In preparation for a voice reel this week, I had a consultation meeting to discuss and select appropriate pieces for the recording. Inevitably, the subject of my accent came up and it was decided that I would record as a “General American”.

Never had accents (mine or otherwise) been such a consideration for me before I arrived in the UK. I remember when I first I came to London and how immediately and acutely I was aware of the vast range of accents and the meanings inferred when one opened one’s mouth to speak!

In my experience, there are subtle regional nuances of English speech across Canada, and the East coast has a particularly distinct variety of accents, but overall, there seems to be more similarity throughout the “general” Canadian accent.

So, it took some getting used, to the immediate conclusions drawn from an accent, including that of class. During my time at drama school in London, my friends asked what my parents might think about me dating (at the time) a “Geordie”? What did that even mean?! And in the extremely unlikely event that my parents had heard the term before, why might they have any cause for concern?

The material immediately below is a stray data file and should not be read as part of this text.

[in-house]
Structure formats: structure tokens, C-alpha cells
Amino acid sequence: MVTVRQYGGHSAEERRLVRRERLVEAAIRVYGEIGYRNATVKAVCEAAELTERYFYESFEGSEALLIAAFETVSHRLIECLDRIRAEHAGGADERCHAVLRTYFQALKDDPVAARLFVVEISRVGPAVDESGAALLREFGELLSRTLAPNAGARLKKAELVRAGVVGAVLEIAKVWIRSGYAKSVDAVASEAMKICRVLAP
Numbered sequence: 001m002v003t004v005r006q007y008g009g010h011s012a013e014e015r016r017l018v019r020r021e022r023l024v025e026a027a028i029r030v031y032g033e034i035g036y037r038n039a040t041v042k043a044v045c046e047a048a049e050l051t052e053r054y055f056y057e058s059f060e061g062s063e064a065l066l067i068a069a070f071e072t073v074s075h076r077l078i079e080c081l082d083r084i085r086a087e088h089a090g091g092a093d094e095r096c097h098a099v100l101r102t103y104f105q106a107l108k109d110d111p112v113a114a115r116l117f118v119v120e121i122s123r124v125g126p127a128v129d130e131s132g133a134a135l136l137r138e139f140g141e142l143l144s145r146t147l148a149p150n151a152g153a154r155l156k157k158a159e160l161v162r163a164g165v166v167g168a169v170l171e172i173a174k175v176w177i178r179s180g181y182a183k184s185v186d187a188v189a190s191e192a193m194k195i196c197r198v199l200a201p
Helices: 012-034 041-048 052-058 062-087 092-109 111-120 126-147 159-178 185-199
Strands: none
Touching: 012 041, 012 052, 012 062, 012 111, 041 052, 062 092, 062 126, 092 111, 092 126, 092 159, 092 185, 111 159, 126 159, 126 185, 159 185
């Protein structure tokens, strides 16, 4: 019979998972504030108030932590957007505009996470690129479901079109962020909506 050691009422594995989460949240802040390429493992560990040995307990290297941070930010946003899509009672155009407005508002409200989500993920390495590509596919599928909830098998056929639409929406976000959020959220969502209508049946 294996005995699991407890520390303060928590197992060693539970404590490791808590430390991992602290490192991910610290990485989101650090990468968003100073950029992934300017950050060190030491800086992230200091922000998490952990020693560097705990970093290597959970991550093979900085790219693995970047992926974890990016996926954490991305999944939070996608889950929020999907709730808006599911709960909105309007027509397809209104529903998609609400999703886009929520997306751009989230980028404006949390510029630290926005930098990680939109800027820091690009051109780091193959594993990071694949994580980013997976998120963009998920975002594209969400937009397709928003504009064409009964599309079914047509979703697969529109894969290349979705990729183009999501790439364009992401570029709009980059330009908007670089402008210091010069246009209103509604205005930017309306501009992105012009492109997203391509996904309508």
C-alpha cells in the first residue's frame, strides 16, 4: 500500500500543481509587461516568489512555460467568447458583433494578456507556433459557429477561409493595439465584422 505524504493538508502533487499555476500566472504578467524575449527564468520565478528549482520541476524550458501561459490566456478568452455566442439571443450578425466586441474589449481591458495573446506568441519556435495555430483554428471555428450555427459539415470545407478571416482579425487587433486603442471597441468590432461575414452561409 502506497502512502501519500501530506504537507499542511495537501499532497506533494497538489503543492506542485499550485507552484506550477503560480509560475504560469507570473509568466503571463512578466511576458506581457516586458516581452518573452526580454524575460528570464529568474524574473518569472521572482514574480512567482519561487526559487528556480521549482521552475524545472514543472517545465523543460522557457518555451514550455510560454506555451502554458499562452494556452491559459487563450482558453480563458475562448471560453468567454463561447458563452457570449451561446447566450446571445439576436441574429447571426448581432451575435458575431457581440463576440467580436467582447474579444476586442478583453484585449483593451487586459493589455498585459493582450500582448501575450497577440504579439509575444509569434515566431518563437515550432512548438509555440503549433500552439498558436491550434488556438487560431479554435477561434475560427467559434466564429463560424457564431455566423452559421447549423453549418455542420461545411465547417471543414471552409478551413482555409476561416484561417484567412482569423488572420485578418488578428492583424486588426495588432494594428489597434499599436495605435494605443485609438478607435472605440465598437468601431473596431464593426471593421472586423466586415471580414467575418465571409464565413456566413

Even having identified my accent as “General American,” during my voice reel consultation I was repeatedly given away by my pronunciation of “oo” in words such as “out” (oot) and “about” (aboot). No “doot aboot" it, I have to work very hard to remember to relax and widen the vowel into a more American sound so as to avoid sounding too Canadian...

As a reward for suppressing my elongated “oo”, I’m looking forward to marking Canada Day on July 1st with as many “oots" and “aboots" as I please! Happy (early) Canada Day to all the Canadians “oot" there and Happy (early) Fourth of July to the lovely Americans!